Recently, Michigan State University players spoke about their feelings of inner-state rival Michigan’s play against Alabama over Twitter. The tweets were later taken down, but the news media had already gotten a hold of them, showing you how quickly a reputation can be questioned with this technology.

A rivalry that has grown the last four years to new heights.

Diamond Leung of MLive.com quotes some of the tweets he found below:

“Is this guy really a QB I’ll say my mans (walk-on Tommy Vento) is a better QB lol,” linebacker Denicos Allen tweeted. “S/O to my boy vento by the way.”

“DENARD IS SOOOO BAD!” safety Kyle Artinian tweeted. “And it makes me feel so good.”

“I can play quarterback for the school in blue,” linebacker Jamal Lyles tweeted. “(Le’Veon Bell) for heisman > the other guy in the great state of michigan.”

Later, as we know, Coach Mark Dantonio took care of the issue calling the tweets “disrespectful” and forcing his players to apologize to the media. The tweets surely are uncharacteristic of a Dantonio-coached football team, and maybe that’s the scary part. While surely we won’t see any more of this kind of talk on social networking from the Spartans, the same cannot be said for other schools. And, when speaking about social networking scandals, this one is quite low on the totem pole.

The point is this: If Michigan State football players can be spoken to at length about their social networking habits before the season and still slip up, other players from other schools are going to have a similar problem. Social networking is too pervasive in our lives and scandal too mouth-watering for it not to happen.

But where do we draw the line for these student athletes? How far is too far on social networking? What topic is too controversial, what words should not be used?

My feelings are this: We would all like to think common sense is something that we all enjoy. And most student athletes will be able to adequately use it. But, for some, social networking can be and will be a problem during their time at the university they attend. The University of Kentucky and Louisville use approaches that seem a bit intrusive (which you can read about here) than my liking. This type of overreach will not stop students from using social networking irresponsibility, but only will help adequately punish the student or students involved.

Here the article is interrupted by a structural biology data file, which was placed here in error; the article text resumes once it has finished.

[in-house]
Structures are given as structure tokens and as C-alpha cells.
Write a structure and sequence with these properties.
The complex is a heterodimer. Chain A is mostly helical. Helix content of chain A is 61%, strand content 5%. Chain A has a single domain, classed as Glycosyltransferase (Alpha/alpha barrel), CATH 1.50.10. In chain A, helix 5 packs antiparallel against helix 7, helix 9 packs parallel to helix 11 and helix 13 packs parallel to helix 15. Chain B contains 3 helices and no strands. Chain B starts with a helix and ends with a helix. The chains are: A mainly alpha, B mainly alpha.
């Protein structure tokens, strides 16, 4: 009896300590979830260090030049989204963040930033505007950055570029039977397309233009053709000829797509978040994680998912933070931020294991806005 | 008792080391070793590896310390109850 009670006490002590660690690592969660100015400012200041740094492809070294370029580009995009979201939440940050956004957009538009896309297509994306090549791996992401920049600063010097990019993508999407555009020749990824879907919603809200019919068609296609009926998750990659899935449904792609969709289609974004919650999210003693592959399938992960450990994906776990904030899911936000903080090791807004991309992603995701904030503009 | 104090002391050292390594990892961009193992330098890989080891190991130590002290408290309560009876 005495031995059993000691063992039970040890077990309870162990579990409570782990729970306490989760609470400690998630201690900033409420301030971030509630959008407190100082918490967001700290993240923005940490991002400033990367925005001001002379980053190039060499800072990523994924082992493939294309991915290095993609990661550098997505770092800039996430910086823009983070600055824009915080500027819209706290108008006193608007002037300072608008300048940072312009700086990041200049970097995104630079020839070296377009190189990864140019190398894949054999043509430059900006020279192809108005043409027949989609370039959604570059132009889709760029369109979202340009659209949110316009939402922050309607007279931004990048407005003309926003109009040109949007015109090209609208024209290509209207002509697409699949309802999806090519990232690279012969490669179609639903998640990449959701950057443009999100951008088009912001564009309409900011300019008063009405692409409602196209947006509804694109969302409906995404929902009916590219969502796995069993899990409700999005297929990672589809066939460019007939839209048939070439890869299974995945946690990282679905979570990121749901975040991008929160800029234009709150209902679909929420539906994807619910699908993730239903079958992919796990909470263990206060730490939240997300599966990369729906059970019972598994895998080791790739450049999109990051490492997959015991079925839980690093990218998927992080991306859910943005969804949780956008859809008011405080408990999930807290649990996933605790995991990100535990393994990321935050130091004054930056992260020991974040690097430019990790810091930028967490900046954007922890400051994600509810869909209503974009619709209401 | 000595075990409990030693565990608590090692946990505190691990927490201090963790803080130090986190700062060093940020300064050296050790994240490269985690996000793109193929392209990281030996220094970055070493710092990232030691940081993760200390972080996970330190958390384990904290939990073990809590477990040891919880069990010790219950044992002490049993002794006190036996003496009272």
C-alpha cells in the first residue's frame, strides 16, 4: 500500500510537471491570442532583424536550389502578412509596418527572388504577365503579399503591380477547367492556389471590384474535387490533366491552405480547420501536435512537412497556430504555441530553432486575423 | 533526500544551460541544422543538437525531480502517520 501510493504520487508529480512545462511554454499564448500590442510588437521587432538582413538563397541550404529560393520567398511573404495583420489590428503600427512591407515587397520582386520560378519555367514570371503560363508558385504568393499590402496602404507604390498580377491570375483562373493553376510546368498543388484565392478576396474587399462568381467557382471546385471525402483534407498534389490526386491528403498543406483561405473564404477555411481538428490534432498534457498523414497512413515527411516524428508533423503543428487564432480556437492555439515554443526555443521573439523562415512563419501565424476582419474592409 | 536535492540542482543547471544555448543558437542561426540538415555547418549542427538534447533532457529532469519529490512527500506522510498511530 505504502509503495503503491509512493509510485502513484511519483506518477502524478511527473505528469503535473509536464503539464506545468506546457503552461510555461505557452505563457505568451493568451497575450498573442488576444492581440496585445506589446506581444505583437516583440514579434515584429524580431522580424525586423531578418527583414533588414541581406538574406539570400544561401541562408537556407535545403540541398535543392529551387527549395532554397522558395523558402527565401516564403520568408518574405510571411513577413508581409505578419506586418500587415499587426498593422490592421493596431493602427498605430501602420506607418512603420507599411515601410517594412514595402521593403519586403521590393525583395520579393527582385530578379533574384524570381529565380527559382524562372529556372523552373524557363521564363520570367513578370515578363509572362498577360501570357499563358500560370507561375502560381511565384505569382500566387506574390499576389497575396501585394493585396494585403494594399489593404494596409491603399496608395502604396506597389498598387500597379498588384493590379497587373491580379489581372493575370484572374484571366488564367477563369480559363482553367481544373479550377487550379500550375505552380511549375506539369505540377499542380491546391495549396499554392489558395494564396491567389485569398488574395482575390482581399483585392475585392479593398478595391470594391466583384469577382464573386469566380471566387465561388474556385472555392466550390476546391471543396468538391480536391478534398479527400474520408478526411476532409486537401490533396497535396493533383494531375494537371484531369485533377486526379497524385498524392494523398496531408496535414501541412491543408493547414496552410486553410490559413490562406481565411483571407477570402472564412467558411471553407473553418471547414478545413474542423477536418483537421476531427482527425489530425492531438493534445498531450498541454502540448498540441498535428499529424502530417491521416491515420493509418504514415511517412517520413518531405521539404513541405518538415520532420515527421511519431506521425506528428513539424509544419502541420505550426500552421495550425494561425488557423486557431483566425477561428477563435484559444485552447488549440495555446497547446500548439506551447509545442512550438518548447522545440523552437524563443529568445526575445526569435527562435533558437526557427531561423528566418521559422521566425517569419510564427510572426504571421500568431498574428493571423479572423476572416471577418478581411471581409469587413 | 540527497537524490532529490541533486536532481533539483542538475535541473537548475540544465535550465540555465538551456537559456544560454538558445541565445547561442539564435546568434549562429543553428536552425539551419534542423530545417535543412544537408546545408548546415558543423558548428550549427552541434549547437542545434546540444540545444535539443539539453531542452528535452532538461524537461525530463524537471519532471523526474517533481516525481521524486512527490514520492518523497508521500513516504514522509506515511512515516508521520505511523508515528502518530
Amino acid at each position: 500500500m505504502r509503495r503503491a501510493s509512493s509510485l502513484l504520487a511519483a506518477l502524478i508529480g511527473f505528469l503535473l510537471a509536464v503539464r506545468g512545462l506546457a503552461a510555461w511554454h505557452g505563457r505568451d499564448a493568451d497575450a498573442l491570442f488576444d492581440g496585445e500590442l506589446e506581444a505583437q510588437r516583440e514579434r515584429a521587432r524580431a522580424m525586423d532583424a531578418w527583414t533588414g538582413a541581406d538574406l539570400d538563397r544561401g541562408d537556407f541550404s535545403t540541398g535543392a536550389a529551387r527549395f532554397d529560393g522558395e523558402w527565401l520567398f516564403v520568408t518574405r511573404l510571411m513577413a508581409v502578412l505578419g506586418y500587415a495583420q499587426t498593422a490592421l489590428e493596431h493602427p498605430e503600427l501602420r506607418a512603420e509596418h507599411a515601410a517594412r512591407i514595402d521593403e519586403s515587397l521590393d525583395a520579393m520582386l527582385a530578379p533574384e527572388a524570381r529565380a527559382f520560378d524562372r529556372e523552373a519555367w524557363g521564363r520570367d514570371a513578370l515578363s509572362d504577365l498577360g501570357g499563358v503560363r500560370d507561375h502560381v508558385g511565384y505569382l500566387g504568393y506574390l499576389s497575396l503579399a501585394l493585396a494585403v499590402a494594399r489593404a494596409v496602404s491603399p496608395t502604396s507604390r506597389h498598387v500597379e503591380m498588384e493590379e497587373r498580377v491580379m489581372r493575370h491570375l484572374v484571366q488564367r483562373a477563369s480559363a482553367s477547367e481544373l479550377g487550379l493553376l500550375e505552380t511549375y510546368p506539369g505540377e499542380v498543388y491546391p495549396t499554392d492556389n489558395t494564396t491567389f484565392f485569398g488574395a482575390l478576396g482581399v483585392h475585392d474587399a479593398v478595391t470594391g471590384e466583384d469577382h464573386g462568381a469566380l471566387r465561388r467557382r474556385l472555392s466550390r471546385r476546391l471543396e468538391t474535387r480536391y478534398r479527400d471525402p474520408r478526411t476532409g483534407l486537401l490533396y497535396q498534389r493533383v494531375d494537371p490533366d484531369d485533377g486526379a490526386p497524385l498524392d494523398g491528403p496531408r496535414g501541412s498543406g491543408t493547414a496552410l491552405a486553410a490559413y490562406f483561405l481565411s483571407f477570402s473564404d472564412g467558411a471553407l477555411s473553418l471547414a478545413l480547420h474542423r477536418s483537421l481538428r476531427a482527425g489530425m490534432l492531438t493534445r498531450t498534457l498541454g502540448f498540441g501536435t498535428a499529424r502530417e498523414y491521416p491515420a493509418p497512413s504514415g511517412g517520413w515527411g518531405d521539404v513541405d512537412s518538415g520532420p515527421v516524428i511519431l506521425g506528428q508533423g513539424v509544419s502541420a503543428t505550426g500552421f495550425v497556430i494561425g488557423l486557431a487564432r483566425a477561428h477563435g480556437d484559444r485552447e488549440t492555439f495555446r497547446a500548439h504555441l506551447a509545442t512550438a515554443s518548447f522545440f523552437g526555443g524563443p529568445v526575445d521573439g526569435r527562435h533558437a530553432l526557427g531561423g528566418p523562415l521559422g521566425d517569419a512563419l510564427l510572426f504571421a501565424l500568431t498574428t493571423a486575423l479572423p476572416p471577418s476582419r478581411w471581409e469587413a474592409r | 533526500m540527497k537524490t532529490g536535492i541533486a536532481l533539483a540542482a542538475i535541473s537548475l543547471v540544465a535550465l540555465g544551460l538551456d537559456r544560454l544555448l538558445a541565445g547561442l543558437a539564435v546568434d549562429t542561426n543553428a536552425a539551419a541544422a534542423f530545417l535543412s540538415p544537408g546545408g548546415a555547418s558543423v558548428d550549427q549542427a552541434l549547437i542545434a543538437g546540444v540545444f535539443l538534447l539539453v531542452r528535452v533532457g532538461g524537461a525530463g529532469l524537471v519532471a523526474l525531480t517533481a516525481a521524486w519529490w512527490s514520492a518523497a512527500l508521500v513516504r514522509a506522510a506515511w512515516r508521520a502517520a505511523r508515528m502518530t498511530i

If something is said that is too unkind, too disrespectful or another dick ends up on my newsfeed, the press and media interns that make a living by hitting F5 on their keyboards (or Apple-R for Mac users) will let us all know exactly what happened. Until then, coaches should keep giving their social networking speeches at the beginning of the year and hope for the best. If incidents occur, punishments must be handed out. But on no condition should the ability of a student to participate in social networking (besides during games and other various times) be questioned.

Now, I’d like to hear how you feel about the issue. Do you feel differently than I do? Do you think that student athletes should have to give access of their social networking accounts to university officials? Should student athletes not even be allowed to use social networking sites at all, or during the season?

Where should the line be drawn?  

Comment below or coincidentally on our Twitter or Facebook!

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About Mike Gazdik

Born in Detroit, raised in Warren, MI and now located in Grand Rapids, Mike has lived in Michigan his whole life: totaling 22 years. He currently is Vice-President of The Farm Club, a blog that is growing daily with new writers and readers. He enjoys offering research driven articles on many different subjects, but mostly American football. The goal of The Farm Club is to give aspiring college writers the ability to write on what topics really get them ticking, while sharing their insight and feelings with a large reader base. www.thefarmclub.net If you think you'd like to contribute to The Farm Club, contact the blog on Twitter, Facebook or through email. Information is listed on the blog's webpage.

View all posts by Mike Gazdik